Why is a pension MOT so important?
For most of us, our pension will be the most valuable thing we will ever own (that we don’t live in) but at present, only a minority of people regularly review their pension benefits. A report carried out by Barings Asset Management revealed that ‘A staggering 13.6m Britons have never reviewed their pension plans while a further 2.2m have not done so in the past five years’.
In the past, the choices available at retirement were pretty limited. People were either paid a salary-related pension automatically at a set date or they could be expected to turn their pension pot into an annuity. More recently, with the advent of pension freedoms and the move away from salary-related pension provision, individual savers now have a lot more choices to make, including decisions about when and how to stop working. This requires a much higher level of engagement and support than currently exists.
So when should people start thinking actively about their retirement finances?
Don’t leave it too late
Waiting until you receive a ‘Retirement Options’ pack from your pension provider, typically three months before you retire, is leaving it too late. A much better idea is to engage with your pension planning at a considerably earlier date.
The government is promoting the idea of a mid-life ‘Financial MOT’. The suggestion is that at a particular age (such as 50) individuals should review their objectives and finances and make changes to get back ‘on track’ to achieving their retirement goals.
The feeling is that turning 50 is one of those points in life when people are likely to be willing to think more about pensions and retirement. On the other hand, it is not so far through working life that there isn’t time to make changes which could make a significant difference to quality of life in retirement.
Achieving retirement objectives
Another good reason for reviewing your finances sooner is that the way your money is being invested needs to match your retirement plans. You may have carried out a risk questionnaire previously, but it is important this risk rating still reflects your goals and objectives into retirement.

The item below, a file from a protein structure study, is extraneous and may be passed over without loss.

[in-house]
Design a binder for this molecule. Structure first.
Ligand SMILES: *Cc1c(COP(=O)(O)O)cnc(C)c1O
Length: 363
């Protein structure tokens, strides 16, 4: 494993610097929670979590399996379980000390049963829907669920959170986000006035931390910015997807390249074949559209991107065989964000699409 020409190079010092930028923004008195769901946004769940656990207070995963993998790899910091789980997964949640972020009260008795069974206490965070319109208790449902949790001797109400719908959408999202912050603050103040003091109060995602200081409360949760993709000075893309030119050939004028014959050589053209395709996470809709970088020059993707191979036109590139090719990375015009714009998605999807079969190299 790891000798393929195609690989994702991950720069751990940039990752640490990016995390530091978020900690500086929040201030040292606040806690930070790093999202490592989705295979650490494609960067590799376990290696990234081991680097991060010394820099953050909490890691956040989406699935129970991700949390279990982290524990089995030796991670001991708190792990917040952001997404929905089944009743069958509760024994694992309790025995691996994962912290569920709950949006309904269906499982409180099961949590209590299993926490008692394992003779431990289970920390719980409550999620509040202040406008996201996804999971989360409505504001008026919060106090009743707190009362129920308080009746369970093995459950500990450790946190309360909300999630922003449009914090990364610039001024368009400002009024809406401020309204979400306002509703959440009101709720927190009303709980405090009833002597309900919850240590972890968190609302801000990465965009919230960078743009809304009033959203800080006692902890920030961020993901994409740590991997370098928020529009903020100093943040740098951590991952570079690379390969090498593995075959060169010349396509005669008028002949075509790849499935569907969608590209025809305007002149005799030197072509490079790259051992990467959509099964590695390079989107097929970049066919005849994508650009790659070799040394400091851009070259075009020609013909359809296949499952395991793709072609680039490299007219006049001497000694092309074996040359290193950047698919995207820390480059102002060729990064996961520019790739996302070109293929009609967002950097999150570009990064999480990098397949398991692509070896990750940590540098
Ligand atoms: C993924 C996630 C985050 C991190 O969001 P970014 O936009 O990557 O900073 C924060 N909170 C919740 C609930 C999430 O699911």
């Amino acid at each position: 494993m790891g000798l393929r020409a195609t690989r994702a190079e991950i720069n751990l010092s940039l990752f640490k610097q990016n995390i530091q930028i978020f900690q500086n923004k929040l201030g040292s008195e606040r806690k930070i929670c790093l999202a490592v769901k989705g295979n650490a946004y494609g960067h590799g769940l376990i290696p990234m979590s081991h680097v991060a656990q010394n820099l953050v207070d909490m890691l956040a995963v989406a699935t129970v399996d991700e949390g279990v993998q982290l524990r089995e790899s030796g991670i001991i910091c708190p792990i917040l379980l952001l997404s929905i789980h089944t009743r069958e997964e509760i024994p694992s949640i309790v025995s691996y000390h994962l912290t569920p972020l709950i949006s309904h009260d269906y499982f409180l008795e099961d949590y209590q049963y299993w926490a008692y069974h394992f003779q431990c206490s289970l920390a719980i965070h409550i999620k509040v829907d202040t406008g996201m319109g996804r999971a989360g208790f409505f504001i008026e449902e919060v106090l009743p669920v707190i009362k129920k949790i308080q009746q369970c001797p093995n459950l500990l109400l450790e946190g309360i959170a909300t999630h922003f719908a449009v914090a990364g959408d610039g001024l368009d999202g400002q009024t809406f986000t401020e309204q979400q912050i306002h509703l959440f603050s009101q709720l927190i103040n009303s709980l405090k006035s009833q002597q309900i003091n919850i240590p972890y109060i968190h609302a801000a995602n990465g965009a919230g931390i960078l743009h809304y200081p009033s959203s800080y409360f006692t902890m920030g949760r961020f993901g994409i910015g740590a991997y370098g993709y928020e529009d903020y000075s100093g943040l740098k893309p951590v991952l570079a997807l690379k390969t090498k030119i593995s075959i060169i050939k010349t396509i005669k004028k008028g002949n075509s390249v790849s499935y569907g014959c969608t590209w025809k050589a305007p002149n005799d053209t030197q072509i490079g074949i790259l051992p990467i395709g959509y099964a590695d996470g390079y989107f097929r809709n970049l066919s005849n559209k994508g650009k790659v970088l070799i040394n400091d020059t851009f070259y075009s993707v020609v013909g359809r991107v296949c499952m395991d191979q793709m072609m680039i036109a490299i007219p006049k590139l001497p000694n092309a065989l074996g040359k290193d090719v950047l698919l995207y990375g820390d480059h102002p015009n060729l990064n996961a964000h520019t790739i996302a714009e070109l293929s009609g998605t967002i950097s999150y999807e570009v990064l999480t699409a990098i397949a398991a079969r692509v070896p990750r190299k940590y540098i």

It is, of course, ideal to keep your retirement finances and retirement plans under regular review and to do so throughout your working life. But for most people with busy lives and other things to think about, the idea of a big review on a significant birthday such as their fiftieth could be a really positive initiative.
Using a pension is simply a way of building up a tax efficient sum of money to provide an income when you retire.
When you save into a pension, the government rewards you in the form of tax relief. When you earn tax relief on your pension, some of the money that you would have paid in tax on your earnings goes into your pension pot rather than to the government.
Tax relief is paid on your pension contributions at the highest rate of income tax you pay. So:
- Basic-rate taxpayers get 20% pension tax relief
- Higher-rate taxpayers can claim 40% pension tax relief
- Additional-rate taxpayers can claim 45% pension tax relief
The tax benefits of a pension will depend on your personal circumstances and tax rules in force; both of which can change in the future.
Whether planning to retire fully, or gradually, there are now more choice and flexibility in how to provide you and your family with an income in retirement.
Many of us are living longer so the chances are you will be retired a long time. It’s therefore important to make sure you have enough secure income so you’re not worrying about your money running out.
The choices you can make are:
- Take some or all your pension pot as a lump sum
- Use drawdown pension to draw an income from your pension
- Convert your pension pot into an annuity
- Alongside your personal pension savings, you will be entitled to a State Pension (providing you have at least ten years of National Insurance contributions). It is worth checking online to find out how much you might be entitled to and when you can claim it. Under the new flat-rate, the state pension is currently £164.35 per week, or £8,546.20 per year.
Questions to ask yourself:
- How much is your pension pot worth today?
- What age do I wish to retire?
- What income do I wish to retire on?
- What will the government give me?
Irrespective of your current age and the stage in your career, we can provide all the advice you will need to make an informed decision on your retirement planning.
How can we help?
If you would like advice on any existing pension arrangement, or you would like to discuss setting up a new personal pension, please give us a call on 01423 223 640 or complete the online enquiry form and we will give you a call to discuss your requirements.